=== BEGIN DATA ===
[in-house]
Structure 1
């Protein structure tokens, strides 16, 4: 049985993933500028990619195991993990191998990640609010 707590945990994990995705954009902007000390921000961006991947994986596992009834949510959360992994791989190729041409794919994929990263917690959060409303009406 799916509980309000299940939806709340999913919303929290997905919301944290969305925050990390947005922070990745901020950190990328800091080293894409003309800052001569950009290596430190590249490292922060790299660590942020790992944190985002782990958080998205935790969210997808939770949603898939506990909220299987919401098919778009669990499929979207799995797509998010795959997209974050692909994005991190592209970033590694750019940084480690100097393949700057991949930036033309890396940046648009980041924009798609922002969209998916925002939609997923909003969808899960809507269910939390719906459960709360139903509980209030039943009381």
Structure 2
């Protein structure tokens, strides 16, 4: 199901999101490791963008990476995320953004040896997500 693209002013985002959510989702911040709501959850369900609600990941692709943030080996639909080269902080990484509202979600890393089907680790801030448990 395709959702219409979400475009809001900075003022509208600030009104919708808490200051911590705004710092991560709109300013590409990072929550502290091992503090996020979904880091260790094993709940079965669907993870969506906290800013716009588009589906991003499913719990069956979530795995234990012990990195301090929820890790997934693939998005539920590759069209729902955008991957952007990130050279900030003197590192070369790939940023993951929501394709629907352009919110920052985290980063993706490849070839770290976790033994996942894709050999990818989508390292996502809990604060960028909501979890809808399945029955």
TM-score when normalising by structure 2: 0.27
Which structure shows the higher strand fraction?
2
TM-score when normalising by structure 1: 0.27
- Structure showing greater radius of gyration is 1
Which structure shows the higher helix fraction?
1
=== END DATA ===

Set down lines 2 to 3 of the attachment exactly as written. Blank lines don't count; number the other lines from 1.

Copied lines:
Structure 1
């Protein structure tokens, strides 16, 4: 049985993933500028990619195991993990191998990640609010 707590945990994990995705954009902007000390921000961006991947994986596992009834949510959360992994791989190729041409794919994929990263917690959060409303009406 799916509980309000299940939806709340999913919303929290997905919301944290969305925050990390947005922070990745901020950190990328800091080293894409003309800052001569950009290596430190590249490292922060790299660590942020790992944190985002782990958080998205935790969210997808939770949603898939506990909220299987919401098919778009669990499929979207799995797509998010795959997209974050692909994005991190592209970033590694750019940084480690100097393949700057991949930036033309890396940046648009980041924009798609922002969209998916925002939609997923909003969808899960809507269910939390719906459960709360139903509980209030039943009381």